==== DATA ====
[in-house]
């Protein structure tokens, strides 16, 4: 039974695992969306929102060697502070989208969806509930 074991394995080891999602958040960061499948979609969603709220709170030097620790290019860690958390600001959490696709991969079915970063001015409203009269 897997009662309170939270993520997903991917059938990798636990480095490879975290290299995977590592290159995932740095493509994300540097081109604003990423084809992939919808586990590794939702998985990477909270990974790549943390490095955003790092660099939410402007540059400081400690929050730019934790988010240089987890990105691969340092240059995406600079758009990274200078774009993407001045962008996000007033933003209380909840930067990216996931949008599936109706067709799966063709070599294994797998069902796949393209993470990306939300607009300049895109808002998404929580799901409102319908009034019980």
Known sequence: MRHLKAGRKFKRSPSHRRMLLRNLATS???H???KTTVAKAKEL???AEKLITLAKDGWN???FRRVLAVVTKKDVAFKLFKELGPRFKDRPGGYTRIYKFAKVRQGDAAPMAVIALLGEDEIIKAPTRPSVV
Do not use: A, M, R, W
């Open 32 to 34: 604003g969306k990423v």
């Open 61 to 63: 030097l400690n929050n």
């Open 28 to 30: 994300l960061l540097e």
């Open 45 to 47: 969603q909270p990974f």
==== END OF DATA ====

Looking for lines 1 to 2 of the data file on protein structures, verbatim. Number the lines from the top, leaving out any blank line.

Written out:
[in-house]
């Protein structure tokens, strides 16, 4: 039974695992969306929102060697502070989208969806509930 074991394995080891999602958040960061499948979609969603709220709170030097620790290019860690958390600001959490696709991969079915970063001015409203009269 897997009662309170939270993520997903991917059938990798636990480095490879975290290299995977590592290159995932740095493509994300540097081109604003990423084809992939919808586990590794939702998985990477909270990974790549943390490095955003790092660099939410402007540059400081400690929050730019934790988010240089987890990105691969340092240059995406600079758009990274200078774009993407001045962008996000007033933003209380909840930067990216996931949008599936109706067709799966063709070599294994797998069902796949393209993470990306939300607009300049895109808002998404929580799901409102319908009034019980």